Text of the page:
“Mr. Margolis has said that there are democratic ways to struggle and get things done. He forgets to tell you that I have a history of precisely that. That I have marched. That I have taken part in demonstrations. I have begged and pleaded. I have a history that has not been presented here. I have marched alongside black people for their rights. I have marched in support of jobs. I have a history of that. I have marched for access to decent housing. I have a history of that. I have marched against the war in Vietnam. I am a veteran of that war. And I have a history of that. […] Mr. Margolis does not know how it feels to be a Puerto Rican in this country. Mr. Margolis does not know how it feels to be black in this country. He does not know the indignation one feels when the police, who supposedly represent law and order, call us “spic” or “nigger” and then spit in our face. I have had people spit in my face for being Puerto Rican. And I have been arrested for participating peacefully and legally in public demonstrations. So that which Mr. Margolis alludes to does not exist. […]
“If I am standing here today, it is not because I lack the courage to fight, but rather because I have the courage to fight. I am certain, and will reaffirm, that Puerto Rico will be a free and sovereign nation.”
– Oscar López Rivera, at his trial for seditious conspiracy, 1981
Oscar López Rivera, a decorated Vietnam War veteran and respected community activist, is now one of the longest-held political prisoners in the world.
In 1981, López Rivera was convicted in the United States, in truly Orwellian fashion, of the thought crime of “seditious conspiracy,” despite never having been accused of causing harm to anyone, let alone taking a life. Having been deemed dangerous by the US government, López Rivera was imprisoned. His release date, without a presidential pardon, will be 2027, when he is 84 years old. May 29, 2015, is the 34th anniversary of his arrest.
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In the late 1970s, López Rivera and other young Puerto Ricans, inspired by guerrilla movements around the world, committed themselves to working toward the independence of Puerto Rico in a clandestine fashion. He was a well-respected community activist and an independence leader for many years, having helped create both the Puerto Rican High School and the Puerto Rican Cultural Center. He was also involved in the struggle for bilingual education in public schools and to force universities to actively recruit Latino students, staff and faculty. But López Rivera was eventually convicted of “seditious conspiracy” and other charges stemming from his participation in the Fuerzas Armadas de Liberación Nacional (FALN), a Marxist-Leninist organization that sought to transform Puerto Rico into a communist state during the 1970s.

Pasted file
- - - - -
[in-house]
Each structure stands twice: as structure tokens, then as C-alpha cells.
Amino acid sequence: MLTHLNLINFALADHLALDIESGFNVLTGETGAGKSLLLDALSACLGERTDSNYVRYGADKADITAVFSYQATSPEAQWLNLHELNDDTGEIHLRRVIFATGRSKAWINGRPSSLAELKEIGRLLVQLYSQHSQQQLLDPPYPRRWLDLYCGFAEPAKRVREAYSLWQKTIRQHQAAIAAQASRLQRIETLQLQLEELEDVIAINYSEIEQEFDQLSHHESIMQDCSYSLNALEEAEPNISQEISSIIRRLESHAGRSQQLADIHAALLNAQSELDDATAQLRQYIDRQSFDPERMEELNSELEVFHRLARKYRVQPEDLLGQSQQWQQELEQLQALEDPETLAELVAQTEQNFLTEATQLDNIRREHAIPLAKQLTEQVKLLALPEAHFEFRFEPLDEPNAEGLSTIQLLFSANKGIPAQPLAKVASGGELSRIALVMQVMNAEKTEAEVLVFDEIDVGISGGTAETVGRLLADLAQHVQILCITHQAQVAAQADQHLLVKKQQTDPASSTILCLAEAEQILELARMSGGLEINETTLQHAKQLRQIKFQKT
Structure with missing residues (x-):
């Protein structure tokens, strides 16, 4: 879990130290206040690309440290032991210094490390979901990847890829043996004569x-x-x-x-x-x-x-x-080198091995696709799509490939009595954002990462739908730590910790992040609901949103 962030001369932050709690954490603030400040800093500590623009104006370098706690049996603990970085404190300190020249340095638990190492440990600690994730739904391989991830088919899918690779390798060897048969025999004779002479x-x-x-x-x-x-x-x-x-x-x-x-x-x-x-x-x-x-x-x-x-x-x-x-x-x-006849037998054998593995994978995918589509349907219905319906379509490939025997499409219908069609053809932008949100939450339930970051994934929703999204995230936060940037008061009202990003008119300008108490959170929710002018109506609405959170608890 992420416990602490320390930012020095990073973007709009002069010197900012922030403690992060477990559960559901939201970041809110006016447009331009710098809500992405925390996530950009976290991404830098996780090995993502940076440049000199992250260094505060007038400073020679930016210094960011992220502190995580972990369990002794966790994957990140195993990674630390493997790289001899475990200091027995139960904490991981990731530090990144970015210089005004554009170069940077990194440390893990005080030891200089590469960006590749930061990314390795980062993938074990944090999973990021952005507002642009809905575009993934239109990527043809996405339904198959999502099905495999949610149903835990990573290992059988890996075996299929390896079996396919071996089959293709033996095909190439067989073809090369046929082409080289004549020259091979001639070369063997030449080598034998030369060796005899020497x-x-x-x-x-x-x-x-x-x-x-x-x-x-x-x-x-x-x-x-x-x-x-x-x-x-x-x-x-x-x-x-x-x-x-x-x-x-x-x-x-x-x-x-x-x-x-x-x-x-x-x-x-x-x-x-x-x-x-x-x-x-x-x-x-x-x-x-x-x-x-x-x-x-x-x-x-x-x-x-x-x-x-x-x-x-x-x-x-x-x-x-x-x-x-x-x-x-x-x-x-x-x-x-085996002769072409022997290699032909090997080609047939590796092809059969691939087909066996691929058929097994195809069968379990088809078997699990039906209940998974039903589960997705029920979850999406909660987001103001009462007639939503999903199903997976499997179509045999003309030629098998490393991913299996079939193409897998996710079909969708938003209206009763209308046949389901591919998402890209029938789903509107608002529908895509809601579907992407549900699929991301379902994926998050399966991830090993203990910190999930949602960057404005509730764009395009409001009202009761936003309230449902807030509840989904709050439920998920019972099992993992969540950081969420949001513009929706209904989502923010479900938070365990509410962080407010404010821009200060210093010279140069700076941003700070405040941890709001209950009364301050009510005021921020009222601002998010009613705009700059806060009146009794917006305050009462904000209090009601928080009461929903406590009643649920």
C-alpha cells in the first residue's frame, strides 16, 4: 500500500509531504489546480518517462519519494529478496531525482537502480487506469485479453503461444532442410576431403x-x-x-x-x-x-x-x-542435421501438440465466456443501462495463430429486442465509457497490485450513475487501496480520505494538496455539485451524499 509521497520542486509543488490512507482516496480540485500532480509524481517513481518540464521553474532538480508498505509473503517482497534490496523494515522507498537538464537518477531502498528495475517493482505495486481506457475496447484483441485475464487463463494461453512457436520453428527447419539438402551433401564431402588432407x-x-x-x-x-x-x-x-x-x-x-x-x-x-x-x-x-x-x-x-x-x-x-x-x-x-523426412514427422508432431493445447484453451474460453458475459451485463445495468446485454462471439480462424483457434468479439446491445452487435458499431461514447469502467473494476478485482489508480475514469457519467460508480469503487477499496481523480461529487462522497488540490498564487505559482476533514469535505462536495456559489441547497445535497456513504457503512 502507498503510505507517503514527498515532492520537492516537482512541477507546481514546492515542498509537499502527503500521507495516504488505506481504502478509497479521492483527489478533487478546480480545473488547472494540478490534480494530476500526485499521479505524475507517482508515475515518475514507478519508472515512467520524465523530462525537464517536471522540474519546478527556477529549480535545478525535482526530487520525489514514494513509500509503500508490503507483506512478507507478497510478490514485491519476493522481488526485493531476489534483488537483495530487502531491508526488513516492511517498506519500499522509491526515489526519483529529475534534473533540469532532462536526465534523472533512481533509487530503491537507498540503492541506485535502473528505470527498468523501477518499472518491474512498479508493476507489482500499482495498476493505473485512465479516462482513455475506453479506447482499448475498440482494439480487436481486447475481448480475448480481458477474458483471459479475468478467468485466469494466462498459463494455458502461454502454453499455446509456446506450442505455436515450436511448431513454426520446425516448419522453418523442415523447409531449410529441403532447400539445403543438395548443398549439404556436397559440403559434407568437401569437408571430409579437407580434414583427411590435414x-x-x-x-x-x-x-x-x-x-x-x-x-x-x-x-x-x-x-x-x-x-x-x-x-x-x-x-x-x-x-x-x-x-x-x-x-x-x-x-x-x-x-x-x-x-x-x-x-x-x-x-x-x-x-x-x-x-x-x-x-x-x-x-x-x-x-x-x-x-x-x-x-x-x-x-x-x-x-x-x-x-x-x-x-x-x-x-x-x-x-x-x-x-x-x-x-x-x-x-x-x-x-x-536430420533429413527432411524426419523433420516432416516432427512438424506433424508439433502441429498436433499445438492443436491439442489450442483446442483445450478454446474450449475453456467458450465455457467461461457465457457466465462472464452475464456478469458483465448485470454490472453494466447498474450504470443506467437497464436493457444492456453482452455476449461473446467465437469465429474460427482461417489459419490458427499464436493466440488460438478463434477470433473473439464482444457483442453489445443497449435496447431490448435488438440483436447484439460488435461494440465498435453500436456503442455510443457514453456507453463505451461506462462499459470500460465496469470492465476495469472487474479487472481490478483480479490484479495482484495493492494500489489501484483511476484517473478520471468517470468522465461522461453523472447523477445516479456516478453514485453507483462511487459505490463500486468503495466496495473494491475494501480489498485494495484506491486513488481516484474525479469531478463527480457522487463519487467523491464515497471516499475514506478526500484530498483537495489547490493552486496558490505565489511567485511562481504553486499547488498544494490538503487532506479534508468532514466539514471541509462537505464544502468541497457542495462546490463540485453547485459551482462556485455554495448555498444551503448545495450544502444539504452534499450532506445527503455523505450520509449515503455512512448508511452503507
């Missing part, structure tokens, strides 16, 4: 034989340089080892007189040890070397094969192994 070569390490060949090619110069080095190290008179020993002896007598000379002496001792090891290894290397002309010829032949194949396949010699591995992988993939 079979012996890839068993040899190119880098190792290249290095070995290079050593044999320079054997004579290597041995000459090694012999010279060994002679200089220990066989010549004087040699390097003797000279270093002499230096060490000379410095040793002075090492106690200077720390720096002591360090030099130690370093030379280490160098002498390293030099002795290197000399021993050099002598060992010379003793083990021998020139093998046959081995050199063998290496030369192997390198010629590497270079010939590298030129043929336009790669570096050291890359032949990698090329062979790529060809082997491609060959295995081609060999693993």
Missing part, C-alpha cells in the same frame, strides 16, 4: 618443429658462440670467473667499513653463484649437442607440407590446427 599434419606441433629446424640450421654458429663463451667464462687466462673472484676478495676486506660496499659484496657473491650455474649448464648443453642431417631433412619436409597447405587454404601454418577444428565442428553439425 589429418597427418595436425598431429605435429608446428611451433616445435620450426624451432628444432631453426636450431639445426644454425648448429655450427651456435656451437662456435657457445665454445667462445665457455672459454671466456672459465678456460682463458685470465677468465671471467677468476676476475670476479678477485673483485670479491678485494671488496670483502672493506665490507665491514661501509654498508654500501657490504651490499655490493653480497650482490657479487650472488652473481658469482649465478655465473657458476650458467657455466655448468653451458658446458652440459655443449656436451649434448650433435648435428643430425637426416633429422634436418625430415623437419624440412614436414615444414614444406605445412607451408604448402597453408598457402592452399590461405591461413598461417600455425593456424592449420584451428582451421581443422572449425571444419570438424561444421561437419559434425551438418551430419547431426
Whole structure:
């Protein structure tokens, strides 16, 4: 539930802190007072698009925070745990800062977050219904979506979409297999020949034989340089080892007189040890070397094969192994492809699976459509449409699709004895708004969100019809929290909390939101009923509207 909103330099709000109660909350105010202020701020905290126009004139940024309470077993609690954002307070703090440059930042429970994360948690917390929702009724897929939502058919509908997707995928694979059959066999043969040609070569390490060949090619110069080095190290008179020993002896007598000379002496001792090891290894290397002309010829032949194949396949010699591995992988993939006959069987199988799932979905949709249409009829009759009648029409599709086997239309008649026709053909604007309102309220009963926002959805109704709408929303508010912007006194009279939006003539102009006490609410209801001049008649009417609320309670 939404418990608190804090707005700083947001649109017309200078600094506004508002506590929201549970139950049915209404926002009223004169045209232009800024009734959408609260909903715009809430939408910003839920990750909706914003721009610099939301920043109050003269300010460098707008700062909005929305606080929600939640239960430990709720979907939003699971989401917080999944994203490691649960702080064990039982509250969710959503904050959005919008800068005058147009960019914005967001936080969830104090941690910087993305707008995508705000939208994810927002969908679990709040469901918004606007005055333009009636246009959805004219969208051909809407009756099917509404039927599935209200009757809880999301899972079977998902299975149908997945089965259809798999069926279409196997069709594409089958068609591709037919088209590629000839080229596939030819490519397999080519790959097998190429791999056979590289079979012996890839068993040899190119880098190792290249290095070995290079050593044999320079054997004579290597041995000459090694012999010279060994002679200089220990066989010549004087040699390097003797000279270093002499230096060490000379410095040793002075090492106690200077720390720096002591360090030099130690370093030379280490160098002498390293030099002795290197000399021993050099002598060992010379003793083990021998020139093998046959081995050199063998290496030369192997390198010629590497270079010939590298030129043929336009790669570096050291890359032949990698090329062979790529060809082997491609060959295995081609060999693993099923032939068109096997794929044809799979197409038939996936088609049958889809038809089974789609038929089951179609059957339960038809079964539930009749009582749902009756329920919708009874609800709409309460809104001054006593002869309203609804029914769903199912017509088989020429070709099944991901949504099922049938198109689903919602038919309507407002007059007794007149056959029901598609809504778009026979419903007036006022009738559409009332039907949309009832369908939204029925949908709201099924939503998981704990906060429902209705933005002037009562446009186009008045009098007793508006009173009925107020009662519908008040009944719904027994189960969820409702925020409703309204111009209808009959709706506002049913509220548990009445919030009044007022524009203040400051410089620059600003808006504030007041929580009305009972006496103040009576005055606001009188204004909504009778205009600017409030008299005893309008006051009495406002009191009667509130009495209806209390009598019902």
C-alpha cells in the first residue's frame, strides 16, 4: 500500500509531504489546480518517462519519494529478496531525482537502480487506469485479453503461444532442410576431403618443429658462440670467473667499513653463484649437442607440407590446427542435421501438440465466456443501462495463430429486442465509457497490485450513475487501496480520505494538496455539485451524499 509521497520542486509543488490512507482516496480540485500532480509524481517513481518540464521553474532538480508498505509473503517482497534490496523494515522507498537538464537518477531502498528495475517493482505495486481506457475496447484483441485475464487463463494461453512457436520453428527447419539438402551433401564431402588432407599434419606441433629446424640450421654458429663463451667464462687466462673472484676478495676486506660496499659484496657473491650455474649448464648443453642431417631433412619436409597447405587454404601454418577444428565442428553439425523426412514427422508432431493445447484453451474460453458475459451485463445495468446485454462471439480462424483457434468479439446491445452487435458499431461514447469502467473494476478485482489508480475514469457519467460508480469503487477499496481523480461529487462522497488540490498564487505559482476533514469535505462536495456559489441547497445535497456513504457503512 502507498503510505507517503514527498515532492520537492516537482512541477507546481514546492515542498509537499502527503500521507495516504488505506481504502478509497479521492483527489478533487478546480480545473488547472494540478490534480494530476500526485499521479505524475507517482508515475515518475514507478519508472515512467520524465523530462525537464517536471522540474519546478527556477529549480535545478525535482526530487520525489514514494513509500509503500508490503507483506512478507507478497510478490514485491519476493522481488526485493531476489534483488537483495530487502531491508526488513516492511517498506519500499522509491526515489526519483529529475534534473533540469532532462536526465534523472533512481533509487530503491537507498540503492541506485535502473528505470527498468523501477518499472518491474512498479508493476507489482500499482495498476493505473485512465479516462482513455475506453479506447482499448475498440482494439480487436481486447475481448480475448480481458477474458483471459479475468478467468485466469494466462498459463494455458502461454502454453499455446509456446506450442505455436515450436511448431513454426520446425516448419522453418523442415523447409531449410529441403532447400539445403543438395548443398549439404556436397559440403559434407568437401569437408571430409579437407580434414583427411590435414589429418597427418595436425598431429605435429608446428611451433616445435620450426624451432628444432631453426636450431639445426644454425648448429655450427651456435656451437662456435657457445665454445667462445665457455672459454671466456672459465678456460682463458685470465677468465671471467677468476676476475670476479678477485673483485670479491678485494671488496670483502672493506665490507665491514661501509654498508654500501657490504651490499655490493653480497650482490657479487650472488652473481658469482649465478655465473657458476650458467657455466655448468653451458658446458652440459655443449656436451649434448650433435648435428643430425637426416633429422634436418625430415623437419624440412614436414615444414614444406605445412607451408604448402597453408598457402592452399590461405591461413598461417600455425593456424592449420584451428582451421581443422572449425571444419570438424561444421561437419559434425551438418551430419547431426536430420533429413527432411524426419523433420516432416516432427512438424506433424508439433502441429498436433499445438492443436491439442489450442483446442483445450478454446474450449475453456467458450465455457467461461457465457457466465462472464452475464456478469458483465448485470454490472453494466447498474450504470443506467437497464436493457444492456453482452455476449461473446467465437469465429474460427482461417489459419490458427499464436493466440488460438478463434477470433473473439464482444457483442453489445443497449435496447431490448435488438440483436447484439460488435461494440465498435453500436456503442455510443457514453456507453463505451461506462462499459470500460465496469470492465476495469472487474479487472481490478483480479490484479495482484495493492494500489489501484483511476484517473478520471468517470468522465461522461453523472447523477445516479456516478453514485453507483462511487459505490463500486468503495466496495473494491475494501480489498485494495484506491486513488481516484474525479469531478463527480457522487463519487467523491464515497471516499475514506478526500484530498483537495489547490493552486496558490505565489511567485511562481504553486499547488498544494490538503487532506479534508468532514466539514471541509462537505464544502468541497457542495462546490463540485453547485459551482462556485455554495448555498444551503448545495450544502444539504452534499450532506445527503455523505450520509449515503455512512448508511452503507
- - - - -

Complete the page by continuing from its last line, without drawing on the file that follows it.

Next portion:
Jan Susler, López Rivera’s attorney who works with the People’s Law Office in Chicago, told Truthout she believes his imprisonment based on “seditious conspiracy” is “overtly political” and is both harsh and disproportionate.
“It’s important to see Oscar not as an isolated case, but as the latest example of a long trajectory of Puerto Rican resistance to US colonialism and the extent to which the US will go to try to maintain its colonial control over Puerto Rico,” she said.
Twelve and a half years of López Rivera’s imprisonment have taken place in solitary confinement, including within supermax prisons. López Rivera has been routinely held in conditions not unlike those at the military prison at Guantánamo Bay – conditions which the International Red Cross has called “tantamount to torture.”
Most of the people arrested with López Rivera were granted clemency by President Bill Clinton on his last day in office, and released on parole. He too was offered conditional clemency by Clinton in 1999, but rejected the offer. His sister, Zenaida López, said he refused the offer because on parole, he would be in “prison outside prison.” The only other FALN member remaining in prison thereafter has subsequently been released.
As Barack Obama’s term as president winds down, the question of whether he will grant clemency to López Rivera is in the air. Given that the political prisoner’s release might very well increase Democratic Party support from the Puerto Rican communities in the United States, a decision by President Obama to pardon him could well have implications on the 2016 presidential campaign, and beyond.
To Pardon or Not to Pardon?
On the island of Puerto Rico there is unanimous support from all sectors for López Rivera’s release, from Gov. Alejandro Garcia Padilla to the Puerto Rican Independence Party.
Governor Padilla has visited López Rivera in prison and publicly called for his release. So have the Puerto Rican Senate and House of Representatives, the Puerto Rican Bar Association, the Puerto Rico College of Physicians and Surgeons, universities, churches and the vast majority of Puerto Rican civil society.